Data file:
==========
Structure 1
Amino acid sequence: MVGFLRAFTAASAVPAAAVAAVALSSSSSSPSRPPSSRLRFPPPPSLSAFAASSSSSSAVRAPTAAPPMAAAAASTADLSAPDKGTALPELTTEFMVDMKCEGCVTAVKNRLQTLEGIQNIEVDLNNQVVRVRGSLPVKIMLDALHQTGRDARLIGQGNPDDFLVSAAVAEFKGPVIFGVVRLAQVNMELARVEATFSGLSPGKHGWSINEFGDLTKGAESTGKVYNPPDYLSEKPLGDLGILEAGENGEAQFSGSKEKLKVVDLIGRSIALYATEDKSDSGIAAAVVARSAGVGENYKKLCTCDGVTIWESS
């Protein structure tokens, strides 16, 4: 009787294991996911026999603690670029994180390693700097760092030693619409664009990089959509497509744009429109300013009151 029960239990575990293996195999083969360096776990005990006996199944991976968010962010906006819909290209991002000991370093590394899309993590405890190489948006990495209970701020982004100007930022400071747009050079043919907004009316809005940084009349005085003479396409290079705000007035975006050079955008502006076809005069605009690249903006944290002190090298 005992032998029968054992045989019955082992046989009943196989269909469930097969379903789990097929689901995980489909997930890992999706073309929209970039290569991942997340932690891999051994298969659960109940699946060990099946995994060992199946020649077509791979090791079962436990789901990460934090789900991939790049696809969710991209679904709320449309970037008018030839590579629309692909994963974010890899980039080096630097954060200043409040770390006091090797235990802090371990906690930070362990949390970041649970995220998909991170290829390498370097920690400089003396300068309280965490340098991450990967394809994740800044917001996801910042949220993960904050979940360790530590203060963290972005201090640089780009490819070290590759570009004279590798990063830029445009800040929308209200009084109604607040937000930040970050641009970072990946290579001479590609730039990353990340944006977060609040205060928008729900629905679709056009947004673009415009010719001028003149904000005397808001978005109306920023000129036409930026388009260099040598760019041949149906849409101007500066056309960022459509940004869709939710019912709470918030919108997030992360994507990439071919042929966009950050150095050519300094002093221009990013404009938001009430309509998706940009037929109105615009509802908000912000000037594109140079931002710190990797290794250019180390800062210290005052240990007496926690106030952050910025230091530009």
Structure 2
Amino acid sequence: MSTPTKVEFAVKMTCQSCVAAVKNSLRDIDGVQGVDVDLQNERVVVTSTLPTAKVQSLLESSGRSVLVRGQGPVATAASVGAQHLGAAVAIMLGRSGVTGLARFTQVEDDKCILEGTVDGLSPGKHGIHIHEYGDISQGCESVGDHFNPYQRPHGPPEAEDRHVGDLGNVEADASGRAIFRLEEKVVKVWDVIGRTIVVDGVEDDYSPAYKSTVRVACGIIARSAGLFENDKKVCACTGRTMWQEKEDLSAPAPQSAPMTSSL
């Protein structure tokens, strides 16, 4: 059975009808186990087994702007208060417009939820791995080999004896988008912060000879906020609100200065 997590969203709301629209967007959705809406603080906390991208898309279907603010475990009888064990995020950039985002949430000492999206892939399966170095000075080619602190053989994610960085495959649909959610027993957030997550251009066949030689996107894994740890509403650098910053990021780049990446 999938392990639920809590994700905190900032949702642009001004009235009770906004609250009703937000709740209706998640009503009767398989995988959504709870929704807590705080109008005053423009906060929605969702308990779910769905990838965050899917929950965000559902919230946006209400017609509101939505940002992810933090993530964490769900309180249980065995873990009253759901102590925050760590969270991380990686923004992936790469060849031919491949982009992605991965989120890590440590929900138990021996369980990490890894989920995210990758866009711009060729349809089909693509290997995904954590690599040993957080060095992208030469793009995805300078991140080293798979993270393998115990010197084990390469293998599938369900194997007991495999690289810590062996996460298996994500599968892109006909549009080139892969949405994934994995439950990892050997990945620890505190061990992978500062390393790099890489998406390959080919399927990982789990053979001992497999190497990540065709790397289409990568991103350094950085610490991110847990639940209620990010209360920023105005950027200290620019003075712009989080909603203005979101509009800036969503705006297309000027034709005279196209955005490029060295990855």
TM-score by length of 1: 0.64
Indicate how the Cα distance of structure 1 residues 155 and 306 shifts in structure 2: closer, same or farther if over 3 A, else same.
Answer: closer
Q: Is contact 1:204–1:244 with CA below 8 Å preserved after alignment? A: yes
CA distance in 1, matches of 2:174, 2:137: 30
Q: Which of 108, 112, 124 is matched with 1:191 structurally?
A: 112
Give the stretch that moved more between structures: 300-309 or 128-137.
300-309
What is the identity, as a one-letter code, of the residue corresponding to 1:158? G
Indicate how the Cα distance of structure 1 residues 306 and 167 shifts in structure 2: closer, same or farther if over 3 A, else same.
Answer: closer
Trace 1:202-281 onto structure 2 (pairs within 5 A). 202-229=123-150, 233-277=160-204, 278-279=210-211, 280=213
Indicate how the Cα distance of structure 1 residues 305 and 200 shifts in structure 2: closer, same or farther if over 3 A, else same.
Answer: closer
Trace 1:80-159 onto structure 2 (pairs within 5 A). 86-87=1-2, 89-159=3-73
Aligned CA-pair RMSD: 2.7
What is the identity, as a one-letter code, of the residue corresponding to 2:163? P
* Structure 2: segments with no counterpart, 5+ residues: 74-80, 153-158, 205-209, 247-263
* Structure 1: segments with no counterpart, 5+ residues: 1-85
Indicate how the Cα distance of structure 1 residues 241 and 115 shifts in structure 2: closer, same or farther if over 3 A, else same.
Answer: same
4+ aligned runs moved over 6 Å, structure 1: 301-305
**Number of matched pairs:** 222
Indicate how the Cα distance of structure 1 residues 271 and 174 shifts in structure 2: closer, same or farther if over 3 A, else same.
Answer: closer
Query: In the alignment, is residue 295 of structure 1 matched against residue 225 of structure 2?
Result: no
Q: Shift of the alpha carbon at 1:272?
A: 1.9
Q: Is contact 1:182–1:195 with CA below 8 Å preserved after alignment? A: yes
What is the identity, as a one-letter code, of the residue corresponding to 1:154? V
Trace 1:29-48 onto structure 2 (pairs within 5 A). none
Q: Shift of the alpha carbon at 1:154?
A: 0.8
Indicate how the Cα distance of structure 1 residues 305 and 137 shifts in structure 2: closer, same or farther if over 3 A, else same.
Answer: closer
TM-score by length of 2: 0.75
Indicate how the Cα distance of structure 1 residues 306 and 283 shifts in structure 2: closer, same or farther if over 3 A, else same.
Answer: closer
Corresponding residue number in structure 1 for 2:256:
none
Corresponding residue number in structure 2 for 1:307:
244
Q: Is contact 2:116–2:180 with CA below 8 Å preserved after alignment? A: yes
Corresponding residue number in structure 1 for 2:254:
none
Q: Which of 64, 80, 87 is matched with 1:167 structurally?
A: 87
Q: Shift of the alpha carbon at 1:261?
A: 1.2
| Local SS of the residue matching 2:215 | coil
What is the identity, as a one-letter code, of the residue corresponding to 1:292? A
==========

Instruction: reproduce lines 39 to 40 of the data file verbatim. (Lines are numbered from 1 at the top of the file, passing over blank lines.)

Trace 1:29-48 onto structure 2 (pairs within 5 A). none
Q: Shift of the alpha carbon at 1:154?